But the Trump campaign has now requested another recount, which it can do under state law because the results are within 0.5 percentage points. It will be paid for by Georgia taxpayers and will be done by machine. So that’s starting now.

There’s almost no chance a third recount will suddenly overturn 12,670 votes. Raffensperger certified on Friday that Biden was the state’s winner. “Georgia’s voting system has never been more secure or trustworthy,” he wrote in a Washington Post op-ed.

There are a few Hail Mary legal challenges

But I stress, they’re really Hail Marys.

In Wisconsin, the Trump campaign is trying to leverage the recount to ask the courts to throw out tens of thousands of votes. It is arguing that all absentee ballots that people cast in person, rather than by mail, should be tossed because they were supposed to be mailed. State officials dispute their interpretation of the law, and legal experts told The Post that courts would probably be reluctant to throw out so many votes otherwise cast in good faith.

It’s only slightly less audacious than the pitch the Trump campaign recently made in Pennsylvania, asking a judge to halt certification of that state’s 6.8 million votes, based on what the judge said amounted to little more than hearsay.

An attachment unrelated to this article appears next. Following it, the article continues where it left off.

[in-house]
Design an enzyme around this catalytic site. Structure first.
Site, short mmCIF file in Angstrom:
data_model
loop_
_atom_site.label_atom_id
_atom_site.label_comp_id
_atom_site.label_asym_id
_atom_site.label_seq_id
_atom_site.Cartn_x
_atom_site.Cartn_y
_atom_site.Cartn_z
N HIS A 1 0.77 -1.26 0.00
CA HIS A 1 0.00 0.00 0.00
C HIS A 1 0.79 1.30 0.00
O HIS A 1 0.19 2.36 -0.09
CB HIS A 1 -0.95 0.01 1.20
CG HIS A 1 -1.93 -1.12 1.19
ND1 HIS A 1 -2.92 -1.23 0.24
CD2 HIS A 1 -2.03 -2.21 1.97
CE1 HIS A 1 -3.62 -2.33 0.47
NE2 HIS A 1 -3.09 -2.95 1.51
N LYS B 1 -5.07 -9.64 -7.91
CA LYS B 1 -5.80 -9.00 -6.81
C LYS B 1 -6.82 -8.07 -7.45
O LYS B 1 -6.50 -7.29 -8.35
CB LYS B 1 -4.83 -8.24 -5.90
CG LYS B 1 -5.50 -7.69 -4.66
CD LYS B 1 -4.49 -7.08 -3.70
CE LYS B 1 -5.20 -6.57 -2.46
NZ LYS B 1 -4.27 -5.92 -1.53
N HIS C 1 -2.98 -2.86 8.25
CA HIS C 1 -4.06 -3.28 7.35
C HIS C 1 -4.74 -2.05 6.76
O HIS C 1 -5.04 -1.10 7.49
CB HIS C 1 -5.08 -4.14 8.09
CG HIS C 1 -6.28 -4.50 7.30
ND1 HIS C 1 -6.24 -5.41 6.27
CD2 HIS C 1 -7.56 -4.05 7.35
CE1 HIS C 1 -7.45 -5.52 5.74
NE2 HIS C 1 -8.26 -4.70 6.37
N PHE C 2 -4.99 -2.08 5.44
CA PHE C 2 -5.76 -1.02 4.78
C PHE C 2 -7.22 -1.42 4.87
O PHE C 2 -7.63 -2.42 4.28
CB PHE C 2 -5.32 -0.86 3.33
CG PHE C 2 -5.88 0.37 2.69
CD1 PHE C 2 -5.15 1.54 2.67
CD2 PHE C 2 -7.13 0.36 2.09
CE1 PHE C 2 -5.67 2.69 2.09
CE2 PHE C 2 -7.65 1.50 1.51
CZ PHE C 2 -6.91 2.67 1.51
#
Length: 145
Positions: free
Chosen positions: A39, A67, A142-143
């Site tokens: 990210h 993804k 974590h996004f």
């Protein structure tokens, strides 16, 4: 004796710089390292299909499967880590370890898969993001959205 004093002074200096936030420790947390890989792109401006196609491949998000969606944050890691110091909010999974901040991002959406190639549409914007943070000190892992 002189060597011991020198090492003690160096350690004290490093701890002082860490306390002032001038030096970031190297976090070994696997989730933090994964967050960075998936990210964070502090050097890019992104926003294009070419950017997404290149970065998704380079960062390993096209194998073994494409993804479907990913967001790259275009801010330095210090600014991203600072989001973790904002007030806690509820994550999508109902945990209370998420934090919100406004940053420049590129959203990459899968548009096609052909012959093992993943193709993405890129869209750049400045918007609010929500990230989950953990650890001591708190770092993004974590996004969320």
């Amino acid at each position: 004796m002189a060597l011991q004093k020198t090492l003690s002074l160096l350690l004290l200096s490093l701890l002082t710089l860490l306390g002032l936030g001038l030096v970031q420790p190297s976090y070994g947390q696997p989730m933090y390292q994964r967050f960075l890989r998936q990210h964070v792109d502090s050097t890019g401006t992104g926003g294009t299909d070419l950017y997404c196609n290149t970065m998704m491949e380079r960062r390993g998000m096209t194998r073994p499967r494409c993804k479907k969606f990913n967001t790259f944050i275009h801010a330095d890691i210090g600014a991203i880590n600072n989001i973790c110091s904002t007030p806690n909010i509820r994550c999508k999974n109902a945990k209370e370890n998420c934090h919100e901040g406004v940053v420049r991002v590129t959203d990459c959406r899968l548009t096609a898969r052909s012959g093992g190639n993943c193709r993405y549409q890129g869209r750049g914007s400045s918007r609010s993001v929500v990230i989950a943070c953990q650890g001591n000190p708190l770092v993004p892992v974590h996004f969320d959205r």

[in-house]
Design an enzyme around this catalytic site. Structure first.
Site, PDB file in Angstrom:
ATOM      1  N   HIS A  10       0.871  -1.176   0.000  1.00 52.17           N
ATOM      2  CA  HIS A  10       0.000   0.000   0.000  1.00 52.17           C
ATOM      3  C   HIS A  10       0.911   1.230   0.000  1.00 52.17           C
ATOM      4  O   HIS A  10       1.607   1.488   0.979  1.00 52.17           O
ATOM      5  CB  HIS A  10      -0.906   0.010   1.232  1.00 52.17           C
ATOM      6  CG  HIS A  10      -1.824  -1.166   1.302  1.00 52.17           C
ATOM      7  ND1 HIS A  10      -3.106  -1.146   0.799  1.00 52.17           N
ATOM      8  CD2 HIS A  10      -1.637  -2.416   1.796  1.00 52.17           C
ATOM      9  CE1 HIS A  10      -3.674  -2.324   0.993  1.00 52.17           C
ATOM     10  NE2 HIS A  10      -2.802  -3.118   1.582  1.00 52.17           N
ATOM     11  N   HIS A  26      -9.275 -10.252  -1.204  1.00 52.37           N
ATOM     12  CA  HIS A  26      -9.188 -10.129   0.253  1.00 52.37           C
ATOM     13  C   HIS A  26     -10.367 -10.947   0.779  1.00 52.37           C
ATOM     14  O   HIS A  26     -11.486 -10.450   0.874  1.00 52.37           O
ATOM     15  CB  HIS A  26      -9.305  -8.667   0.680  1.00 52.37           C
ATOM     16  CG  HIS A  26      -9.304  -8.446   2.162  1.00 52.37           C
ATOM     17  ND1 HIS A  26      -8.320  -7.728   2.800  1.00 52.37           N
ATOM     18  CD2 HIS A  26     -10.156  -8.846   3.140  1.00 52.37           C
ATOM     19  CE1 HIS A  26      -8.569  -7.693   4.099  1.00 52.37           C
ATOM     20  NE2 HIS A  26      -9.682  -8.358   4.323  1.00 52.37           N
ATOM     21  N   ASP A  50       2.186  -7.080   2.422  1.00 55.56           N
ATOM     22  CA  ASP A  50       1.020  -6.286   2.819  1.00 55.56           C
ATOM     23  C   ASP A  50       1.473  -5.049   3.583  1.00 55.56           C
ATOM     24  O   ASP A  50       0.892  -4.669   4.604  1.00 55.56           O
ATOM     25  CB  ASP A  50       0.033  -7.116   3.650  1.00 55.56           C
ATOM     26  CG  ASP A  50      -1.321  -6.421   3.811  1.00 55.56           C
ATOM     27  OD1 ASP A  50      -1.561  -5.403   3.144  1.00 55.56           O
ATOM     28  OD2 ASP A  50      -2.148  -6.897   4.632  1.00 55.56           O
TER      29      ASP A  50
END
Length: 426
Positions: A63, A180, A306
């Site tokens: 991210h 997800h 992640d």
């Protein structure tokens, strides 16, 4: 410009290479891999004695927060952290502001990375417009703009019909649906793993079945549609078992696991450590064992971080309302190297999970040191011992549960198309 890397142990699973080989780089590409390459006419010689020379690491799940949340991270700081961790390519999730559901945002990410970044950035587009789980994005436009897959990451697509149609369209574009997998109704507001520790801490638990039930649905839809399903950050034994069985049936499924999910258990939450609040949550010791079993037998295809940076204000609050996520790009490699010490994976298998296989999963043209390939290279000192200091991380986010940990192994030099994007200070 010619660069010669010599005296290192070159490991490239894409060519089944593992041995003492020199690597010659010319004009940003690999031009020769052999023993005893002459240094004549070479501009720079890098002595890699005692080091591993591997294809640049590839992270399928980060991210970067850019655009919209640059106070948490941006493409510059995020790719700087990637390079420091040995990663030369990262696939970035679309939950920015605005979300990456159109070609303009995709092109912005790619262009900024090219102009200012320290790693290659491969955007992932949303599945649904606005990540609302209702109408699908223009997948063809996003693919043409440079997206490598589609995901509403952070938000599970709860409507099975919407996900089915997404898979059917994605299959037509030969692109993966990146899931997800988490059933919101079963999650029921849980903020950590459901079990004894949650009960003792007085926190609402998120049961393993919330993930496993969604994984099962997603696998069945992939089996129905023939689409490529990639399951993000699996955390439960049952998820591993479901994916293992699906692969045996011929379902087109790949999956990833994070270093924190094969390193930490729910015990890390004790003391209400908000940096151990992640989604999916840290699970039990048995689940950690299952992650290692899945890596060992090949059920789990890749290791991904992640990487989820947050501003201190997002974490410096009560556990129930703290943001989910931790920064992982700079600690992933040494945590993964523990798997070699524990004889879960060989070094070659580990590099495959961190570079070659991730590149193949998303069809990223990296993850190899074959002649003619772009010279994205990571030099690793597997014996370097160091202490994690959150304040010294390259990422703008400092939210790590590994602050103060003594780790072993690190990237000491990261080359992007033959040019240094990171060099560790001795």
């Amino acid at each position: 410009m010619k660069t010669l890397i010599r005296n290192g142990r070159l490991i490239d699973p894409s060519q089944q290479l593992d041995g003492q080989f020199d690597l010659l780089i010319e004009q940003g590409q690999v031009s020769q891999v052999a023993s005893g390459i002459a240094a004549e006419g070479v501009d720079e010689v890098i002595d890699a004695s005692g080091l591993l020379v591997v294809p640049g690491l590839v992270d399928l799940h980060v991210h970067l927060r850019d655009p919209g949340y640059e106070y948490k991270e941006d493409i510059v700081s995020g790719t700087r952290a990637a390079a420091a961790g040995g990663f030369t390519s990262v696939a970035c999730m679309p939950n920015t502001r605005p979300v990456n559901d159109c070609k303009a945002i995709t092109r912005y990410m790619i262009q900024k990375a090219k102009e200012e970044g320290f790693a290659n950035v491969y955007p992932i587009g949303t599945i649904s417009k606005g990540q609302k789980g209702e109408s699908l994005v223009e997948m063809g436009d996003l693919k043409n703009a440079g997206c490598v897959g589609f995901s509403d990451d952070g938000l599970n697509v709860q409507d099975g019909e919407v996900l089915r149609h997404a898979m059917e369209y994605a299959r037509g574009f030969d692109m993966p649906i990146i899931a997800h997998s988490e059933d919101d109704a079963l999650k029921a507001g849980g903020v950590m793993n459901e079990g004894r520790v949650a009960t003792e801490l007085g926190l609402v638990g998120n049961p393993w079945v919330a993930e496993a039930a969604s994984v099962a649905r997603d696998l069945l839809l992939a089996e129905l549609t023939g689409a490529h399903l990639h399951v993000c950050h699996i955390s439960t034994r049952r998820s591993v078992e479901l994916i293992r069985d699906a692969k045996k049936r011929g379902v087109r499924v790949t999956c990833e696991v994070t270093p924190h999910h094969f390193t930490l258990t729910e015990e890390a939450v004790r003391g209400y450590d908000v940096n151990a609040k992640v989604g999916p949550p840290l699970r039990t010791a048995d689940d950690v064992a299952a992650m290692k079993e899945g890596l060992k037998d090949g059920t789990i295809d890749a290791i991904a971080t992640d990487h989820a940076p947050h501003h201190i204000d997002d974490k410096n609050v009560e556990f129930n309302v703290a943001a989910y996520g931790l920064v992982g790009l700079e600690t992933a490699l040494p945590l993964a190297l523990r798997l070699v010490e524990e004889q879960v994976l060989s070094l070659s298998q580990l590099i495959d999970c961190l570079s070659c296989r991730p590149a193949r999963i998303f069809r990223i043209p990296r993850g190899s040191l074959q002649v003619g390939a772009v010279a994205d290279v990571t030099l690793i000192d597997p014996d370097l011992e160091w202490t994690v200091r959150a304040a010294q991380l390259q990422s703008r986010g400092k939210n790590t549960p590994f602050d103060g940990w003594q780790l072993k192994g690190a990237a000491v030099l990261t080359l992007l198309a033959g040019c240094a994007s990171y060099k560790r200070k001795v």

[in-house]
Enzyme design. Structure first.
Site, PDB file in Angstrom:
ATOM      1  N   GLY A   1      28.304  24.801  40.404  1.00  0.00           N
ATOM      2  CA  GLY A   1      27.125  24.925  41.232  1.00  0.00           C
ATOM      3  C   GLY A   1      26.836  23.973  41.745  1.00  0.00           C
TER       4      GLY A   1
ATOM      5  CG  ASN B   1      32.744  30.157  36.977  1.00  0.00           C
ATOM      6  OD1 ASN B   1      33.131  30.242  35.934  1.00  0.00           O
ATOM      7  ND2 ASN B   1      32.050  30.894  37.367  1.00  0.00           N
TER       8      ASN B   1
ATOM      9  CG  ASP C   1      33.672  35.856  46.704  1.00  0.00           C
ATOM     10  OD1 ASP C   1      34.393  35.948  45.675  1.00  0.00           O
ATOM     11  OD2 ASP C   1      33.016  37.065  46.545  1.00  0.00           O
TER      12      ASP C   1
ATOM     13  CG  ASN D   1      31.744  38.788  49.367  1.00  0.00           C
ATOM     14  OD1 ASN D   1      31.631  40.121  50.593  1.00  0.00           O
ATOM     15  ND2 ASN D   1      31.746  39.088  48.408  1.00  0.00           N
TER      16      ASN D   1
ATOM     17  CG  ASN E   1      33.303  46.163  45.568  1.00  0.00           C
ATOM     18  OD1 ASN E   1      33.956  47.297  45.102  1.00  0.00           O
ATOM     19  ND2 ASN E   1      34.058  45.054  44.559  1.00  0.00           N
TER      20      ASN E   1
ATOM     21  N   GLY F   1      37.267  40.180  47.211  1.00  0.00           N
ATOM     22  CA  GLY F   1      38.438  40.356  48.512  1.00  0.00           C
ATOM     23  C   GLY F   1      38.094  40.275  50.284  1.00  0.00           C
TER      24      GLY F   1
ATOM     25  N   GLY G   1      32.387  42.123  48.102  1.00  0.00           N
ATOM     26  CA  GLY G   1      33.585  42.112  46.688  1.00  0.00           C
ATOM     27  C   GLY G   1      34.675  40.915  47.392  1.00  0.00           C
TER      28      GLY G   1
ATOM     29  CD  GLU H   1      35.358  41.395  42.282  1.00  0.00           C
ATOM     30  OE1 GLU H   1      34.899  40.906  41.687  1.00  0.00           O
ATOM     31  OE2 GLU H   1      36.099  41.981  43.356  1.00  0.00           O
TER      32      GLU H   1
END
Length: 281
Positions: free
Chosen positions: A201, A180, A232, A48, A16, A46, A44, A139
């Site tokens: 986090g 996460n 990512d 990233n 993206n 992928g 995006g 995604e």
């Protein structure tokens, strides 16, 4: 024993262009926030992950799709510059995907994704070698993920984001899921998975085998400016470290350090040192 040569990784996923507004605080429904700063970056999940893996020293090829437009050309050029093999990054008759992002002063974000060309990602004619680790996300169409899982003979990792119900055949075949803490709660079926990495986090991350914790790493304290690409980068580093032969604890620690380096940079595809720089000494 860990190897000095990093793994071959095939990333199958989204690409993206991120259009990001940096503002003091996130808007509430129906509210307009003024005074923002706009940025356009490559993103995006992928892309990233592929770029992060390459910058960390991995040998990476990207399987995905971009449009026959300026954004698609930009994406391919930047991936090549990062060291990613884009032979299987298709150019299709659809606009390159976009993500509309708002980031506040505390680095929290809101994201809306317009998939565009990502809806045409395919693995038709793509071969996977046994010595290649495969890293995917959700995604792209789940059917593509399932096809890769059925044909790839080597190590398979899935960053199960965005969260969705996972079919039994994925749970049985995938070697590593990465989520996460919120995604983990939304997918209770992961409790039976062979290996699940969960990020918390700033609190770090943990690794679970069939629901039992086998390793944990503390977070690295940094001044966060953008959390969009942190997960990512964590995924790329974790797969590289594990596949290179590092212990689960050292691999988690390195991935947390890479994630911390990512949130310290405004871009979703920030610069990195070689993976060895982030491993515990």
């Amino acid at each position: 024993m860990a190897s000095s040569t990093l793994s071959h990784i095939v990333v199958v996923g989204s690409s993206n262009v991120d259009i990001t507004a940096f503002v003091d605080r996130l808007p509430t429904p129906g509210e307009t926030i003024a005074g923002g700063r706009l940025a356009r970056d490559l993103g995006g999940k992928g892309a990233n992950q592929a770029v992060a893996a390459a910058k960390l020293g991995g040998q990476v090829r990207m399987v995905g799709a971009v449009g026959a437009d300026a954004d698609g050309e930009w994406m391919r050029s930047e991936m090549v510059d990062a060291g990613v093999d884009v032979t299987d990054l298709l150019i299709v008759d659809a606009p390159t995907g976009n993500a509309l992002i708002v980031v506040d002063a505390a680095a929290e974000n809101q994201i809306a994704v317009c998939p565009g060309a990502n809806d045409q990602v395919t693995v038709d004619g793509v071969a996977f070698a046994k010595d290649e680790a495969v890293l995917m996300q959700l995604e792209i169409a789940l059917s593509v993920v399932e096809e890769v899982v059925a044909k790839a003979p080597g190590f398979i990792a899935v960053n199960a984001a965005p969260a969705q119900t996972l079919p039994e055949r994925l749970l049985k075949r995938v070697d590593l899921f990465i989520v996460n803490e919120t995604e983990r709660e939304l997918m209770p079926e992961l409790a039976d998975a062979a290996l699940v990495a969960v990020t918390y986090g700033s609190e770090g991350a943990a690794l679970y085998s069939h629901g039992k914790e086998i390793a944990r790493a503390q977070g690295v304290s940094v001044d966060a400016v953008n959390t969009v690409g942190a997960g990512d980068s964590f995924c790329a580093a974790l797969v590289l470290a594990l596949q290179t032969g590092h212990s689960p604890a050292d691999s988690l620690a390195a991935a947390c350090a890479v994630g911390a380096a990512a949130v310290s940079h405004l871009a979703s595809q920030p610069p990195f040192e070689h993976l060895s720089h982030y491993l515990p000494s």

The judge, a conservative, scolded the campaign out of court with such a brutal opinion released Saturday that even some Republicans took notice and told Trump it’s over.

The Trump campaign, led by conspiracy-theory-espousing lawyer Rudolph W. Giuliani, is appealing that ruling to a higher court. Legal experts are highly doubtful the legal team will be successful, especially after the drubbing it just took from a federal judge. That judge came close in his opinion to suggesting discussing sanctions of Trump’s attorneys for even bringing the case to him, said Jessica Levinson, a law professor at Loyola Law School.

The Trump campaign also lost a case Monday at the Pennsylvania Supreme Court, which said it wouldn’t throw away thousands of legitimately cast ballots for having technical errors on the outer envelope.

And Pennsylvania’s governor on Tuesday morning certified its election results, closing the door to more legal challenges.

Finally, in Nevada, a state judge just threw out a Trump ally’s request to completely overturn Biden’s win of about 34,000 votes and give it to Trump, calling it a “shocking ask.”